Health care paradox may complicate politics

ON POLITICS

June 22, 1994|By JACK GERMOND & JULES WITCOVER

WASHINGTON -- There is an apparent anomaly in the public opinion polling data on Americans' attitudes toward reform of the health care system.

On the one hand, the polls show more voters oppose than support President Clinton's reform plan. On the other, there are clear majorities for such essential elements of the president's plan as universal coverage and some form of contribution from employers to help pay for it.

The findings may be less contradictory than they appear, however. The answer seems to be that most Americans want reform but not the Clinton version of reform. And what that suggests, in turn, is that the politics of the health care issue may be more complex than partisans on either side have been saying.

The conventional wisdom has been that senators and members of Congress running for re-election this year would have to decide either to identify themselves with improvements in the health care system or be seen once again as obstructionists creating legislative gridlock rather than doing the country's business.

The political choice obviously is not that simple, however. If the polls are accurate, it may be possible for Republicans to run against the Clinton plan specifically without being tagged as obstructionist in their attitude toward health care reform in general.

The operative factor here is Clinton's own standing -- that is, whether he has the clout with the electorate to make it politically wise for Democrats to ally themselves with his health care proposal. That might work in parts of the country, most obviously the Northeast and Midwest, where Clinton still gets positive marks for his general performance in office.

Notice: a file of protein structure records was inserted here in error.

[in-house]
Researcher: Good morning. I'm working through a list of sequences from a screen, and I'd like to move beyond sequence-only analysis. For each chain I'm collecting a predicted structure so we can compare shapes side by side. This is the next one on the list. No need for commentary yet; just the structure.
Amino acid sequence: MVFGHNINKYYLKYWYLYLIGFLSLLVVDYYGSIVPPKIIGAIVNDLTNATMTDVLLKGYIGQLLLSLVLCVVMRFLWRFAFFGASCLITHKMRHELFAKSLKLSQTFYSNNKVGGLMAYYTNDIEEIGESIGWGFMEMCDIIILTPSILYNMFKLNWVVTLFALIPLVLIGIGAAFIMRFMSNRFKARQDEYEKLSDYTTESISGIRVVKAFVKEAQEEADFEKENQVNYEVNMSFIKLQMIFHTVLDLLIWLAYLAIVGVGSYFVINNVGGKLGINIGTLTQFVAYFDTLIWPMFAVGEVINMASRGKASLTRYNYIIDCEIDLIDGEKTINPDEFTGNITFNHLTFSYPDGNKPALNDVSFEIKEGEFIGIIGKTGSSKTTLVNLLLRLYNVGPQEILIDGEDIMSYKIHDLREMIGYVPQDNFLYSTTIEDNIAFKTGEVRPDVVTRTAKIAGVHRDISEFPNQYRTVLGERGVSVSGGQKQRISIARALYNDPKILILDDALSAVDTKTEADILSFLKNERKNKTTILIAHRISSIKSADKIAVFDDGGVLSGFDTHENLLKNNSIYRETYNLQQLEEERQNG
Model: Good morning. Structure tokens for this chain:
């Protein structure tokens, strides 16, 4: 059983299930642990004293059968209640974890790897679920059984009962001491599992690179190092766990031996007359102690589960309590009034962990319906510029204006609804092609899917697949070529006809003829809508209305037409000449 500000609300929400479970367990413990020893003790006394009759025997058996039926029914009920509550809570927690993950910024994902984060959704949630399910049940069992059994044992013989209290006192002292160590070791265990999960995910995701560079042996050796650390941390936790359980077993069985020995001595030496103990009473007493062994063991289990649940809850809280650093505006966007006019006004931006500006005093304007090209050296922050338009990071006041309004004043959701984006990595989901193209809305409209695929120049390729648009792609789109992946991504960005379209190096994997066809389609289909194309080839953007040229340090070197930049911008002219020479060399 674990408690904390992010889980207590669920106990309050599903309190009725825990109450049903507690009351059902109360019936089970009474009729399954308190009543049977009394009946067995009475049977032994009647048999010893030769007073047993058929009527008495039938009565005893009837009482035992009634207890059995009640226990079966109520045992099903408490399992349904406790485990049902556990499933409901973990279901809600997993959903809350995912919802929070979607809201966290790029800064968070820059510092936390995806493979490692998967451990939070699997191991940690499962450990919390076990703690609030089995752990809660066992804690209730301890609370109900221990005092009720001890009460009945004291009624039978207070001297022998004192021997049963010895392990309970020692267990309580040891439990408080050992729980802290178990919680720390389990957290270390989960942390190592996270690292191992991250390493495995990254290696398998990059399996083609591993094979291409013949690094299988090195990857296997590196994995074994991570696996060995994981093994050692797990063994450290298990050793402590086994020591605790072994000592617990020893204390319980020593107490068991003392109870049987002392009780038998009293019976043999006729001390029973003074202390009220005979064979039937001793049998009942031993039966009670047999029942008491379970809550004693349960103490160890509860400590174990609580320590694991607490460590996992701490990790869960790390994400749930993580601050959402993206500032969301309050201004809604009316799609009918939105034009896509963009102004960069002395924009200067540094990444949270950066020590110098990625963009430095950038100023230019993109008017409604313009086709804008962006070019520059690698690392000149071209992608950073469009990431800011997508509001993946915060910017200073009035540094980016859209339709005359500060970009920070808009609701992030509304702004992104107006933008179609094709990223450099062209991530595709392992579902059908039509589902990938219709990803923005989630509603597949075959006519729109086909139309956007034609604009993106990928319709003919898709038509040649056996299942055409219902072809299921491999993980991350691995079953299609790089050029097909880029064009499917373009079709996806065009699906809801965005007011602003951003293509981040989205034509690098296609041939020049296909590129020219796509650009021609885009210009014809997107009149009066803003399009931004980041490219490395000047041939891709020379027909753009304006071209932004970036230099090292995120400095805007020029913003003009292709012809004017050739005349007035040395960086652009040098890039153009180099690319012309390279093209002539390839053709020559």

But in the South and parts of the West, the reverse is true. In these more conservative areas, Clinton's negatives are far higher than his positives. And it is in these areas, particularly in the South and border states, that the Republicans stand their best chance of gaining seats in the House. Professionals in both parties expect a Democratic loss of at least 10 seats and perhaps 12 to 15 in these regions.

There are other variables in the politics of health care. One problem for those being asked to commit themselves to significant change in the system is that the most intense demand for a new health care system comes from a minority of voters. One recent poll shows, for example, that 81 percent of Americans are satisfied with their own health care and 75 percent are satisfied with their health insurance.

The danger for the proponents of change is that these voters will be unwilling to take risks with their current situation. And it is that very uncertainty that the Health Insurance Association of America is exploiting with its new round of "Harry" and "Louise" television commercials that warn of the danger of "price controls" that could lead to rationing and of community rating that could lead to higher insurance premiums for younger people.

The commercials end with the message that "Congress can do better than that" -- a line of reasoning that a Republican might use to justify opposing the Clinton plan in particular but not the concept.

To some degree, of course, the political equities of the issue cannot be defined until we see the details of the legislation on which senators and representatives -- and their challengers, presumably -- will be obliged to take a position during the campaign later this year. Even a plan that phased in universal coverage over several years could be claimed as his own by the president so long as that universality were assured. If that can be accomplished without the controversial "employer mandate" to meet the costs of higher insurance premiums, it is even possible that, first, the bill could earn substantial bipartisan backing and, second, Clinton's standing with the electorate will improve.

It is also quite possible, however, that such a solution would take the health care reform issue out of the campaign because many voters are more interested in what candidates are going to do for them than in what they already have done. But finding that kind of a solution seems more difficult with every passing day, and time is running short.

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